BACKGROUND: The global neo-coronary pneumonia epidemic has increased the workload of healthcare institutions in various countries and directly affected the physical and psychological recovery of the vast majority of patients requiring hospitalization in China. We anticipate that post-total knee arthroplasty kinesiophobia may have an impact on patients' postoperative pain scores, knee function, and ability to care for themselves in daily life. The purpose of this study is to conduct a micro-video intervention via WeChat to verify the impact of this method on the rapid recovery of patients with kinesiophobia after total knee arthroplasty during neo-coronary pneumonia. METHODS: Using convenience sampling method, 78 patients with kinesiophobia after artificial total knee arthroplasty who met the exclusion criteria were selected and randomly grouped, with the control group receiving routine off-line instruction and the intervention group receiving micro-video intervention, and the changes in the relevant indexes of the two groups of patients at different time points on postoperative day 1, 3 and 7 were recorded and analyzed. RESULTS: There were no statistical differences in the scores of kinesiophobia, pain, knee flexion mobility (ROM) and ability to take care of daily life between the two groups on the first postoperative day (P > .05). On postoperative day 3 and 7, there were statistical differences in Tampa Scale for kinesiophobia, pain, activities of daily living scale score and ROM between the two groups (P < .01), and the first time of getting out of bed between the two groups (P < .05), and by repeated-measures ANOVA, there were statistically significant time points, groups and interaction effects of the outcome indicators between the 2 groups (P < .01), indicating that the intervention group reconstructed the patients' postoperative kinesiophobiaand hyperactivity. The level of pain awareness facilitates the patient's acquisition of the correct functional exercises to make them change their misbehavior. CONCLUSIONS: WeChat micro-video can reduce the fear of movement score and pain score in patients with kinesiophobia after unilateral total knee arthroplasty, shorten the first time out of bed, and improve their joint mobility and daily living ability. ETHICS: This study has passed the ethical review of the hospital where it was conducted and has been filed, Ethics Approval Number: 20181203-01.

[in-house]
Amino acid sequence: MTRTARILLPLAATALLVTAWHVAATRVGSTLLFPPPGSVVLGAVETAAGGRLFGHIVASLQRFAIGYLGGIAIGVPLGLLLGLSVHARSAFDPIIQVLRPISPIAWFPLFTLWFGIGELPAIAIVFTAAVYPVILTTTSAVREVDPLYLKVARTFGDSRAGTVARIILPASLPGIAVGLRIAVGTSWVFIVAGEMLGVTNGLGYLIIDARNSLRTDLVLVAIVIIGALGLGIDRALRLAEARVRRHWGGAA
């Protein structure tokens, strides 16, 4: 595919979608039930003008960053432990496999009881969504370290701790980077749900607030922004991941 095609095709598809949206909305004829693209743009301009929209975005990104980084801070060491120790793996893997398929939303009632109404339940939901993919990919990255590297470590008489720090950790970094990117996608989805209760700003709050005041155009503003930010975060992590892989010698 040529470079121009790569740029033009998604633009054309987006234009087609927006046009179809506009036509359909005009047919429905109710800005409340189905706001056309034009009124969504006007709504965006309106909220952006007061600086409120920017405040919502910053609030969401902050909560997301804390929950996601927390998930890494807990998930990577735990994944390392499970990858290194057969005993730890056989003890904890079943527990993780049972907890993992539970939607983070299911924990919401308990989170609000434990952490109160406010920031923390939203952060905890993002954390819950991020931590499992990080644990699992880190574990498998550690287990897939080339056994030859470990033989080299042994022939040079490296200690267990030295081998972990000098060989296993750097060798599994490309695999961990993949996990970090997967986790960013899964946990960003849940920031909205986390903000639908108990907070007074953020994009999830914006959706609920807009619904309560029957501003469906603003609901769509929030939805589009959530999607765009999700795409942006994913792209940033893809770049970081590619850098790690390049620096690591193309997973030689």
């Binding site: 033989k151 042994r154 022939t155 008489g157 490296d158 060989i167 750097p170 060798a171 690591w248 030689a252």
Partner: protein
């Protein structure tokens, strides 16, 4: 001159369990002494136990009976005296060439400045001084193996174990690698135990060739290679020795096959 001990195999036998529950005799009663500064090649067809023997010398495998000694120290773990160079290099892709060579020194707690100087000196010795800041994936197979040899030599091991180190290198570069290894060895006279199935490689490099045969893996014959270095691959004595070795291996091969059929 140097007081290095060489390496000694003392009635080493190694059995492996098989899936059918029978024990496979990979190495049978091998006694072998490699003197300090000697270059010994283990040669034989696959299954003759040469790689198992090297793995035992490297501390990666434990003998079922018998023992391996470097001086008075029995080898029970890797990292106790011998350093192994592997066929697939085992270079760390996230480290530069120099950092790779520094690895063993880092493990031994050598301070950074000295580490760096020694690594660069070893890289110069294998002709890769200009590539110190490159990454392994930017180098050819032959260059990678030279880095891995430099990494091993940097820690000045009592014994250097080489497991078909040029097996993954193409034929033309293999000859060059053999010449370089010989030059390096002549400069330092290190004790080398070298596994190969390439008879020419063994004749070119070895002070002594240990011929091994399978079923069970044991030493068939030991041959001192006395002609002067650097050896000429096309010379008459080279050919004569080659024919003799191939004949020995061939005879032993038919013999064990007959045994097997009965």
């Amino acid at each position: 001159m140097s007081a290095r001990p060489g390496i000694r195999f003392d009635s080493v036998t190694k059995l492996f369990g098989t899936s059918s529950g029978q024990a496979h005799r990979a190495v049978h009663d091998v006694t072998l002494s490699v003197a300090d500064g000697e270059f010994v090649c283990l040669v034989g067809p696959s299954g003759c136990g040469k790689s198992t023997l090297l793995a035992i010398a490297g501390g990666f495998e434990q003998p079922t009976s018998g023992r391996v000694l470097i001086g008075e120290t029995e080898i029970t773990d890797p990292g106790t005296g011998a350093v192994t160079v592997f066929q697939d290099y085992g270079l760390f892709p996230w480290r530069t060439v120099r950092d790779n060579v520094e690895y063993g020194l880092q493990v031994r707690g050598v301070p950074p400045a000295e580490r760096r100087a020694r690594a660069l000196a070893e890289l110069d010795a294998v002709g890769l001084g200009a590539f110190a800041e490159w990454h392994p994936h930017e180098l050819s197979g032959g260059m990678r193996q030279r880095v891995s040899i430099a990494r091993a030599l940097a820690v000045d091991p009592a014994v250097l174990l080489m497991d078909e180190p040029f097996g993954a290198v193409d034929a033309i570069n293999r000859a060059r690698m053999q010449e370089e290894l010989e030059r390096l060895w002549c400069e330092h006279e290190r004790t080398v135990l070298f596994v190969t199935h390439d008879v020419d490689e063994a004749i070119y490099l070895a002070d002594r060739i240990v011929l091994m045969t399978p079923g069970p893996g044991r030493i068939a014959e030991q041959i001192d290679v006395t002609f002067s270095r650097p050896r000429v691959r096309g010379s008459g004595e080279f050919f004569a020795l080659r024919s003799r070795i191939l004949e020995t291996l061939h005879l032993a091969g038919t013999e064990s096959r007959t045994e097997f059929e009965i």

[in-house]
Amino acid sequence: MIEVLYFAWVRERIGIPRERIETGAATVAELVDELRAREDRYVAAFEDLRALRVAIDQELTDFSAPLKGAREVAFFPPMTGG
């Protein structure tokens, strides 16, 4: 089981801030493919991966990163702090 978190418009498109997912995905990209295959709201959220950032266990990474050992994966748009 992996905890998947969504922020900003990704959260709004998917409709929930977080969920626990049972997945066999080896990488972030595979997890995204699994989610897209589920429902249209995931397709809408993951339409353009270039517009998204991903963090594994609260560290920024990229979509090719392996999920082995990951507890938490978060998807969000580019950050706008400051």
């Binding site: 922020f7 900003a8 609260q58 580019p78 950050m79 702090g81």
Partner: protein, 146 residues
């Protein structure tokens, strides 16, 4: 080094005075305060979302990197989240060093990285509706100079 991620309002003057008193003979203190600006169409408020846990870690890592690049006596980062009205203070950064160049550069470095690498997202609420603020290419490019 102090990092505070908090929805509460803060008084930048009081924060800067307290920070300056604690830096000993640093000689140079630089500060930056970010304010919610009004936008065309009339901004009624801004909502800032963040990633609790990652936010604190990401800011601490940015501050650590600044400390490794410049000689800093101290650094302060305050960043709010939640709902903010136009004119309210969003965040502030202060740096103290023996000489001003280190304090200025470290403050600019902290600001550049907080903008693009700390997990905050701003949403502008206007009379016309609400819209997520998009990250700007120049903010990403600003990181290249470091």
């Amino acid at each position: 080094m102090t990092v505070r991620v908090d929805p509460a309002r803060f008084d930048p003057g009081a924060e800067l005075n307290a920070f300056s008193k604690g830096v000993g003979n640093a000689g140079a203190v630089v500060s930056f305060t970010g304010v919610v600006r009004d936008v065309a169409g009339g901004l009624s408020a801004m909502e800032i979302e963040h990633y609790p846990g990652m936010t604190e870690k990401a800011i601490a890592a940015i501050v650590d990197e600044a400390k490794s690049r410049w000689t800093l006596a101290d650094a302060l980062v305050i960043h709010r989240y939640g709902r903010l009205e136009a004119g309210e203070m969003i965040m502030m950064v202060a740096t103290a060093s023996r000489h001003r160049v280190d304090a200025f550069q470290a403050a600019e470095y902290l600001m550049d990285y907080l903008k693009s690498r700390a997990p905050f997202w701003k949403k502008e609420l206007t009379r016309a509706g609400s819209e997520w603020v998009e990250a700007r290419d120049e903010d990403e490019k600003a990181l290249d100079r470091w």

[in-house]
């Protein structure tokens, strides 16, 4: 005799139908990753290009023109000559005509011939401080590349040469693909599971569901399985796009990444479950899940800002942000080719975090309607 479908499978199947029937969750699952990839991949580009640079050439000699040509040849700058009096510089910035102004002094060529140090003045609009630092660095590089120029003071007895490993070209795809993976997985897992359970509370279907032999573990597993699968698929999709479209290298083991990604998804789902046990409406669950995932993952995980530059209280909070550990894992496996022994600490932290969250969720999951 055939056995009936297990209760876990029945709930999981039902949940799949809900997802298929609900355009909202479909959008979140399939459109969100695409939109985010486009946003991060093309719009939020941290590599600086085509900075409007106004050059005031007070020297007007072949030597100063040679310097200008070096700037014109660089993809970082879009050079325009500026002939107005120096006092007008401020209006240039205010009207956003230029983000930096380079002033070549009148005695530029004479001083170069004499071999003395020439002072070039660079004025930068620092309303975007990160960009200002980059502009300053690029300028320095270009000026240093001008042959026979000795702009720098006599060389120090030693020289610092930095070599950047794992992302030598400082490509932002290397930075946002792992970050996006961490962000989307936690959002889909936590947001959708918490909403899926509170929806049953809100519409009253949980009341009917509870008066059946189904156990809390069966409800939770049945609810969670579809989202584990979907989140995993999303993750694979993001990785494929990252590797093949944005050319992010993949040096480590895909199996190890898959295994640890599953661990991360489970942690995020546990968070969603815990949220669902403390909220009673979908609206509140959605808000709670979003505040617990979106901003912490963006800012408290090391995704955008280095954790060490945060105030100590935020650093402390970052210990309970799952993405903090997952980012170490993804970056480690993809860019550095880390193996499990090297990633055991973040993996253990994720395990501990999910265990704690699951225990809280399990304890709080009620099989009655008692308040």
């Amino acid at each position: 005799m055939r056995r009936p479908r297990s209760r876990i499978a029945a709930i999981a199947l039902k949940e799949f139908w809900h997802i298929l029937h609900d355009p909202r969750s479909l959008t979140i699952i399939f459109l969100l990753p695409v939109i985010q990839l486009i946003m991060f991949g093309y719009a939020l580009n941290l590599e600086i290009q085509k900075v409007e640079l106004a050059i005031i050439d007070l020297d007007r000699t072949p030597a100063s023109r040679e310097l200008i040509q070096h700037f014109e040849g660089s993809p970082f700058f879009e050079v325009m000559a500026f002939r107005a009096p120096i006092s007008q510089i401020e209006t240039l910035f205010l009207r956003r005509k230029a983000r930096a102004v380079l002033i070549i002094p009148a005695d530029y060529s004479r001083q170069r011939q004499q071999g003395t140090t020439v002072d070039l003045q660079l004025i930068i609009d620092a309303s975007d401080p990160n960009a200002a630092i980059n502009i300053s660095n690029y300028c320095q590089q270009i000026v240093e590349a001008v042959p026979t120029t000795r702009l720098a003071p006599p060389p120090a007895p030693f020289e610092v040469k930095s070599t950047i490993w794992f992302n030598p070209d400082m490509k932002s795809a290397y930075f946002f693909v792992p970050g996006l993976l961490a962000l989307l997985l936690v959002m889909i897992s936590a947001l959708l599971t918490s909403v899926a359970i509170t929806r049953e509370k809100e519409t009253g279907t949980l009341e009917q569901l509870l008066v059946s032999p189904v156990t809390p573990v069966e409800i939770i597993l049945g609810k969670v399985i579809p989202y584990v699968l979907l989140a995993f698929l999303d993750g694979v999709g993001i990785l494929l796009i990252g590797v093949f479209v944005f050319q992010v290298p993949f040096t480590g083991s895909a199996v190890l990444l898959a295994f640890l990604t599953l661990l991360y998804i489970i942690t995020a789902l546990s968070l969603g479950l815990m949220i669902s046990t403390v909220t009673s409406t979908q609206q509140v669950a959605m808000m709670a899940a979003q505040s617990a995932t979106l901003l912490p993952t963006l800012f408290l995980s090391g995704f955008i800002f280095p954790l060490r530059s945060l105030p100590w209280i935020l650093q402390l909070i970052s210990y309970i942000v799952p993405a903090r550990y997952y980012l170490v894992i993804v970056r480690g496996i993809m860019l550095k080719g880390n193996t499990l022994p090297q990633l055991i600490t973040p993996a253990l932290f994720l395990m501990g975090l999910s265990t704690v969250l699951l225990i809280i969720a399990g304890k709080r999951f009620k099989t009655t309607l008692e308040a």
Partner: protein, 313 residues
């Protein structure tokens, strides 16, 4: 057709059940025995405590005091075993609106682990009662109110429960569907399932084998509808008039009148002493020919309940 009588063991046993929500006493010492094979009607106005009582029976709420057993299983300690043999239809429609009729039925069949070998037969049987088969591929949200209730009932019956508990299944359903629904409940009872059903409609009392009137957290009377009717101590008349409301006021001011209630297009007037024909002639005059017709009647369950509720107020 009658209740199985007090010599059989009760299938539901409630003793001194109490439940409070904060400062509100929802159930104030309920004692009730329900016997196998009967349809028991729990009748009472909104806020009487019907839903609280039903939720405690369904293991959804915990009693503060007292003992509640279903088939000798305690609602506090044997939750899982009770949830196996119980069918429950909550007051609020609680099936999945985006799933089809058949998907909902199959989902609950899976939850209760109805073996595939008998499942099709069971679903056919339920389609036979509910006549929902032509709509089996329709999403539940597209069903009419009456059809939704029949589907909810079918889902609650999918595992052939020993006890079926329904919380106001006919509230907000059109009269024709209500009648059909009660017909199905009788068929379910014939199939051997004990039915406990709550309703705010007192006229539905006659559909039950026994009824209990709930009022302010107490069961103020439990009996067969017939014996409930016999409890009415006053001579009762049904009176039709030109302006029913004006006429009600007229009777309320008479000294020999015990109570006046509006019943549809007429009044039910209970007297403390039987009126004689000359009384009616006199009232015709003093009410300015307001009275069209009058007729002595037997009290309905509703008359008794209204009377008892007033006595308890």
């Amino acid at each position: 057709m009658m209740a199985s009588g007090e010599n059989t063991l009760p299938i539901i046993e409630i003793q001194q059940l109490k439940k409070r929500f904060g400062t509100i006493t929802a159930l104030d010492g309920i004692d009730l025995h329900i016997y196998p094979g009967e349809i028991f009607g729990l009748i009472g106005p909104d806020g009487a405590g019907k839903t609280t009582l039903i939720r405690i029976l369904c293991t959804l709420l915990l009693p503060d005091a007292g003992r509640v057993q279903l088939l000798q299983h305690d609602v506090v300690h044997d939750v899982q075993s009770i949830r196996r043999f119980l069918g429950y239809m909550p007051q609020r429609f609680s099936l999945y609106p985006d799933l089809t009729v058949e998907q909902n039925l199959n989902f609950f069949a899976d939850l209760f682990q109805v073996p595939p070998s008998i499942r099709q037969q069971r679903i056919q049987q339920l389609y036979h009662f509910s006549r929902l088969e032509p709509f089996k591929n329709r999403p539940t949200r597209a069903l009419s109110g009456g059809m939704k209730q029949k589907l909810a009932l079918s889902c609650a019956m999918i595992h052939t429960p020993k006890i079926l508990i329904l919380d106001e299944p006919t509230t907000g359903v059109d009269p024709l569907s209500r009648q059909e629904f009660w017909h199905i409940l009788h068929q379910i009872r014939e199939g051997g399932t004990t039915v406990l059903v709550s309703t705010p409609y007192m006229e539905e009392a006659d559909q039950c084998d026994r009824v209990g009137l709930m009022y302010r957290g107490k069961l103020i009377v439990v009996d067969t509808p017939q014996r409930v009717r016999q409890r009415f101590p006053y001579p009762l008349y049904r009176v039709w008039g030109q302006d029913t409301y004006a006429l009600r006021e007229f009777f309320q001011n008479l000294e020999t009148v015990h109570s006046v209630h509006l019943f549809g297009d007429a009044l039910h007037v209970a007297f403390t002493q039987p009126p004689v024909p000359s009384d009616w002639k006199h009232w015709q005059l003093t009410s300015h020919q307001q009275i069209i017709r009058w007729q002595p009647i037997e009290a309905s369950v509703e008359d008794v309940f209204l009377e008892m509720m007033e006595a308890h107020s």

Asunto(s)
Artroplastia de Reemplazo de Rodilla/psicología , Trastornos Fóbicos/psicología , Neumonía/epidemiología , Actividades Cotidianas , Anciano , Artroplastia de Reemplazo de Rodilla/efectos adversos , /diagnóstico , Estudios de Casos y Controles , China/epidemiología , Femenino , Humanos , Articulación de la Rodilla/fisiopatología , Articulación de la Rodilla/cirugía , Masculino , Persona de Mediana Edad , Dolor Postoperatorio/diagnóstico , Dolor Postoperatorio/psicología , Neumonía/virología , Periodo Posoperatorio , Estudios Prospectivos , Rango del Movimiento Articular , Recuperación de la Función , Rehabilitación/métodos , Rehabilitación/psicología , Comunicación por Videocoferencia/instrumentación , Comunicación por Videocoferencia/estadística & datos numéricos